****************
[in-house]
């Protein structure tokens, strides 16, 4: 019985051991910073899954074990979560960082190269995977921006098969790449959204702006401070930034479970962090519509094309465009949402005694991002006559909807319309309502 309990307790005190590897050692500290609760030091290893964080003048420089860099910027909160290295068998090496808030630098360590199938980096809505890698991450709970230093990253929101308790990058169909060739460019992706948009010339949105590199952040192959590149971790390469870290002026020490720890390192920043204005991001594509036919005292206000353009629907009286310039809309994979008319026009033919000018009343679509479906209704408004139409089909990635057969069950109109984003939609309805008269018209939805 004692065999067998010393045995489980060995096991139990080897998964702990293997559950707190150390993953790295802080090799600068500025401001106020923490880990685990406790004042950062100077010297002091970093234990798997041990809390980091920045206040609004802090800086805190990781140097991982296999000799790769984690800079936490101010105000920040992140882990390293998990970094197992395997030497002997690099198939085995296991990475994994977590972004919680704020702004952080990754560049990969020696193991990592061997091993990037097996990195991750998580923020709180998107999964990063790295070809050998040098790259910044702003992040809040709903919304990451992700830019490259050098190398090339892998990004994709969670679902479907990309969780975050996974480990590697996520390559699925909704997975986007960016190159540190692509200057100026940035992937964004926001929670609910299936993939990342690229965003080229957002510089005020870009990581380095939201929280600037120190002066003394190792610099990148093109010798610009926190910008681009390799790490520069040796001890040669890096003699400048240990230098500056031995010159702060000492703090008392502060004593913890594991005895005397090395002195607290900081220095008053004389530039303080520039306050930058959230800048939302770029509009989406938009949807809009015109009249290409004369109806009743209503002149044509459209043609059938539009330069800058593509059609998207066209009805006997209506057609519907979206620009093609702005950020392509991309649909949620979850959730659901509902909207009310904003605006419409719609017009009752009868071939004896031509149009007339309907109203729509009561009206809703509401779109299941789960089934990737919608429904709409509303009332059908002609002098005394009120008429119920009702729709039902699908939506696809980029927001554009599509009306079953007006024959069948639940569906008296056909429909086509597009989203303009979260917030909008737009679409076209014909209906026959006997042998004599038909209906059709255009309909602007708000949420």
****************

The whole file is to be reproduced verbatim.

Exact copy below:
[in-house]
């Protein structure tokens, strides 16, 4: 019985051991910073899954074990979560960082190269995977921006098969790449959204702006401070930034479970962090519509094309465009949402005694991002006559909807319309309502 309990307790005190590897050692500290609760030091290893964080003048420089860099910027909160290295068998090496808030630098360590199938980096809505890698991450709970230093990253929101308790990058169909060739460019992706948009010339949105590199952040192959590149971790390469870290002026020490720890390192920043204005991001594509036919005292206000353009629907009286310039809309994979008319026009033919000018009343679509479906209704408004139409089909990635057969069950109109984003939609309805008269018209939805 004692065999067998010393045995489980060995096991139990080897998964702990293997559950707190150390993953790295802080090799600068500025401001106020923490880990685990406790004042950062100077010297002091970093234990798997041990809390980091920045206040609004802090800086805190990781140097991982296999000799790769984690800079936490101010105000920040992140882990390293998990970094197992395997030497002997690099198939085995296991990475994994977590972004919680704020702004952080990754560049990969020696193991990592061997091993990037097996990195991750998580923020709180998107999964990063790295070809050998040098790259910044702003992040809040709903919304990451992700830019490259050098190398090339892998990004994709969670679902479907990309969780975050996974480990590697996520390559699925909704997975986007960016190159540190692509200057100026940035992937964004926001929670609910299936993939990342690229965003080229957002510089005020870009990581380095939201929280600037120190002066003394190792610099990148093109010798610009926190910008681009390799790490520069040796001890040669890096003699400048240990230098500056031995010159702060000492703090008392502060004593913890594991005895005397090395002195607290900081220095008053004389530039303080520039306050930058959230800048939302770029509009989406938009949807809009015109009249290409004369109806009743209503002149044509459209043609059938539009330069800058593509059609998207066209009805006997209506057609519907979206620009093609702005950020392509991309649909949620979850959730659901509902909207009310904003605006419409719609017009009752009868071939004896031509149009007339309907109203729509009561009206809703509401779109299941789960089934990737919608429904709409509303009332059908002609002098005394009120008429119920009702729709039902699908939506696809980029927001554009599509009306079953007006024959069948639940569906008296056909429909086509597009989203303009979260917030909008737009679409076209014909209906026959006997042998004599038909209906059709255009309909602007708000949420």